In addition to medical services, children that are victims of sexual abuse need psychosocial support to help them deal with the abuse. Sexual abuse exposes children to enormous mental disturbance and has severe and long-term psychological and social consequences. Sexually abused children need psychosocial support in the form of counselling and other emotional support to come to terms with what has happened. In addition to counselling, children who are sexually abused need a supportive social network to restore their lives to normal.
More often than not, children who are victims of sexual abuse need to be placed in an environment different from the one in which they were abused so as to facilitate their recovery. It is therefore necessary to remove children form abusive families and place them in foster families or other forms of alternative care. For a long time, this has posed challenges to child protection sector until last year, when hope after rape, opened hope house, which now acts as a temporary shelter for abused children. However, this center is located in Kampala and cannot effectively serve the whole country.
Child abuse is a hideous act against children that must not go unpunished. Perpetrators of child sexual abuse must be prosecuted in the courts of law. It also helps the recovery of the abused child to feel that justice has been delivered. Child abusers must be prosecuted to protect other children form abuse. The delivery of justice for sexually abused children will require access to legal support services in the context of a conducive environment. Whereas laws on their own do not constitute solutions to social problems they set the tempo for social change and provide a framework within which problems can be addressed. The operational law in matters of child sexual abuse is the penal code, which defines defilement as the act of having sexual intercourse with a girl below 18 years. The legislative framework for protection of abused children has been a subject of controversy in the recent past. The current law is inappropriate and unbalanced in favour of the girl children. The proposed sexual offences bill attempts to address the gaps in the current law.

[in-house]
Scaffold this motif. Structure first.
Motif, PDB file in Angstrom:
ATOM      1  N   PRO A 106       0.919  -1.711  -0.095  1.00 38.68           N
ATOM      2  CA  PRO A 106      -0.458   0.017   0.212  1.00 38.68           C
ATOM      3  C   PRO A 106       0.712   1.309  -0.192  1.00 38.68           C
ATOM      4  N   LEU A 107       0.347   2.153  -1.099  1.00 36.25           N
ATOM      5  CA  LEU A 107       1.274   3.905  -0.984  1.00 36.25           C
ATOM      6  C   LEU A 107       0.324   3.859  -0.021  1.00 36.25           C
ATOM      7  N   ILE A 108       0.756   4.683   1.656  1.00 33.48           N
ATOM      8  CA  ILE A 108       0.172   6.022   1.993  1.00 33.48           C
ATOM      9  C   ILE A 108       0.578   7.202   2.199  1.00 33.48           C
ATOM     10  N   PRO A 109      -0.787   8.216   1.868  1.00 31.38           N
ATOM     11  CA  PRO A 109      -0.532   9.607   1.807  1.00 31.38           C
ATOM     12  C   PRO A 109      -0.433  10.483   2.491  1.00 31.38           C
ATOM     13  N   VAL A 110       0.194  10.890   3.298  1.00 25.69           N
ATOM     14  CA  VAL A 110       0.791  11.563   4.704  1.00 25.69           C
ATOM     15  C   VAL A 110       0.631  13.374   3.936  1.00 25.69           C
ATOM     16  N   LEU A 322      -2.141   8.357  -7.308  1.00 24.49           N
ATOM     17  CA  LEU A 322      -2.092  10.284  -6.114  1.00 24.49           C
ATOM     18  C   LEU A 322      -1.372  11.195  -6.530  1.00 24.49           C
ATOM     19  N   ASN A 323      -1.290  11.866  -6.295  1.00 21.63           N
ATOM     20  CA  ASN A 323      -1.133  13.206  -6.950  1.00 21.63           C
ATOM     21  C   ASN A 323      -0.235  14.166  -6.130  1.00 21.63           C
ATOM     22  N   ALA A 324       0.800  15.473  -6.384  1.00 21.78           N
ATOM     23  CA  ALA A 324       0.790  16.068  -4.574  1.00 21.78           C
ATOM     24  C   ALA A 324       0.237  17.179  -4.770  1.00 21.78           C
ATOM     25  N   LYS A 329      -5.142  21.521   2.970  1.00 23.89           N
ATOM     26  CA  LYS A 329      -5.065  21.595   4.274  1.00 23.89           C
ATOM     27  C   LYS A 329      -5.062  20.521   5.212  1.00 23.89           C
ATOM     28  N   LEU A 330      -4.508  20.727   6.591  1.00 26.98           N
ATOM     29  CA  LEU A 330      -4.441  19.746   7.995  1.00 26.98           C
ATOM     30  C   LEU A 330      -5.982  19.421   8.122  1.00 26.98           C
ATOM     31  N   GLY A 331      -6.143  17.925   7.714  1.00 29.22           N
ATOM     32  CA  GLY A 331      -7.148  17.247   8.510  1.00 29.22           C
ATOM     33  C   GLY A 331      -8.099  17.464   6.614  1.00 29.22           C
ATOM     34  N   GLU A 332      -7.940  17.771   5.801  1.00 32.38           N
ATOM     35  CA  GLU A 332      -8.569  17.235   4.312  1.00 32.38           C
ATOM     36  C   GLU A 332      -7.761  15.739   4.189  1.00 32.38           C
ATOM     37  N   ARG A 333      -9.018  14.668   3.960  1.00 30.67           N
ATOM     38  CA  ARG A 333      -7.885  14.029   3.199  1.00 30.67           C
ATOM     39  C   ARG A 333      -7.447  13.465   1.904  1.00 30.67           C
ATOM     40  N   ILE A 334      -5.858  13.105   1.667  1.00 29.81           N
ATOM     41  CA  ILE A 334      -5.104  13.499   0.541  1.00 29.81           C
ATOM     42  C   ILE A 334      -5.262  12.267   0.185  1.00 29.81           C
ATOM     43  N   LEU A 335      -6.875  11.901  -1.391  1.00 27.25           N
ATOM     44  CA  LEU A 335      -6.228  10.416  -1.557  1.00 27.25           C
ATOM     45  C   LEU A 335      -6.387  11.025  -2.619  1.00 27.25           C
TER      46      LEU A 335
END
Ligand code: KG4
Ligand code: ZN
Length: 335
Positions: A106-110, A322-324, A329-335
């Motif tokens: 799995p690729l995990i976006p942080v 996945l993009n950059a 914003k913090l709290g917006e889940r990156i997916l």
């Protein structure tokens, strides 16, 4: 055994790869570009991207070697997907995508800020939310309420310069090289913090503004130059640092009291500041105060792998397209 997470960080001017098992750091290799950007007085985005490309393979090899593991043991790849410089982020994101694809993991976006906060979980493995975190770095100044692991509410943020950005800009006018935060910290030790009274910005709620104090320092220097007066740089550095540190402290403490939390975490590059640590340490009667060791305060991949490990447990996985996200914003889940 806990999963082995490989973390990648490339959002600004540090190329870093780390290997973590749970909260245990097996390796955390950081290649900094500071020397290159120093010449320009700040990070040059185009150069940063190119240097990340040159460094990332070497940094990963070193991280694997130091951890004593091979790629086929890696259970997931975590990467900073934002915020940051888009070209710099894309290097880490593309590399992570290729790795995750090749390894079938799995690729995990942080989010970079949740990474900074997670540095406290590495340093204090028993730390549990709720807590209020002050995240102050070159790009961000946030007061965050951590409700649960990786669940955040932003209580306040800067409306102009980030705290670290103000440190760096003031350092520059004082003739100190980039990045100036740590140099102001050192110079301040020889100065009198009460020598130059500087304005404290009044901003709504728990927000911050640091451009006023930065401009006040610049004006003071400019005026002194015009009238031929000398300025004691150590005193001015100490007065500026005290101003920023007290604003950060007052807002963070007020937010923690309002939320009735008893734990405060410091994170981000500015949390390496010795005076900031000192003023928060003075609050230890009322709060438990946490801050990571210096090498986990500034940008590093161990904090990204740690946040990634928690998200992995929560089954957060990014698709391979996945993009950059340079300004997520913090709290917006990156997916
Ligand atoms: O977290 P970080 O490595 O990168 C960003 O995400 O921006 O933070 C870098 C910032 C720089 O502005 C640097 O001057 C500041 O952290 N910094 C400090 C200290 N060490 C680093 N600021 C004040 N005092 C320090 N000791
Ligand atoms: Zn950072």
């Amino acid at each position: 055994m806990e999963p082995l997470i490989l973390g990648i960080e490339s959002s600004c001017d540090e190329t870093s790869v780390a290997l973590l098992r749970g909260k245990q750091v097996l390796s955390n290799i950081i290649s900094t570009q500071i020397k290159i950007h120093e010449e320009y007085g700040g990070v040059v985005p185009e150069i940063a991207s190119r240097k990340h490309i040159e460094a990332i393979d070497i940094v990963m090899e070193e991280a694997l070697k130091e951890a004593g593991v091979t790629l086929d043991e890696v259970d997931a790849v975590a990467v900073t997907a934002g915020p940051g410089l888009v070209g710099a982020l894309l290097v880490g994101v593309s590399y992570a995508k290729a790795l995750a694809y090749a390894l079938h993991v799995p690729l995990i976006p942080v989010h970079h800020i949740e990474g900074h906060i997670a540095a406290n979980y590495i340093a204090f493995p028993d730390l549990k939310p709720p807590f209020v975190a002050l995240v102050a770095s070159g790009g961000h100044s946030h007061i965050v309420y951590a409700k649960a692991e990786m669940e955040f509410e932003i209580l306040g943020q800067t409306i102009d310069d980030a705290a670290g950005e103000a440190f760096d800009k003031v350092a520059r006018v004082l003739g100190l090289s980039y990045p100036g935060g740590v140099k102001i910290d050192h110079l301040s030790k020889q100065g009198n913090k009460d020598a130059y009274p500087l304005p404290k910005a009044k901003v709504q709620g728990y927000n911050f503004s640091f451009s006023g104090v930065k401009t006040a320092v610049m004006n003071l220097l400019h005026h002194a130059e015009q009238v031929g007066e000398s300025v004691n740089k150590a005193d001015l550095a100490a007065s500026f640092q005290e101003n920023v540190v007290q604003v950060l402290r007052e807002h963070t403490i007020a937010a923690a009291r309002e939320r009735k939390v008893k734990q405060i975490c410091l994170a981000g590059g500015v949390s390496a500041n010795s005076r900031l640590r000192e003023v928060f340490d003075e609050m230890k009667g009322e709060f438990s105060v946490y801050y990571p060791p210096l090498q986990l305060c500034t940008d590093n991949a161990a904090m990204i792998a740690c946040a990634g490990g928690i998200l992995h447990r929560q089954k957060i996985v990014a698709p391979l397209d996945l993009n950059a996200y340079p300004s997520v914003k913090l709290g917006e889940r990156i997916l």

Much as laws on their own do not constitute a solution to social problems, laws set the pace for social change and povide a legal framework within which problems can be addressed. In the case of Uganda the operational law on matters of sexual abuse is the penal code which defines defilement as the act of having sexual intercourse with a girl below 18 years. The crime of defilement is a capital offence and attracts a maximum sentence of death on conviction.
The legal framework in relation to child sexual abuse has been a matter of enormous contraversy in the recent past. Clearly the current laws on child sexual abuse are inappropriate. The proposed sexual offences bill attempts to address many of the gaps in the exisiting laws. The gaps in the existing laws as well as the innovative proposals of the sexual offences bill need to be dealt with separately reviewed.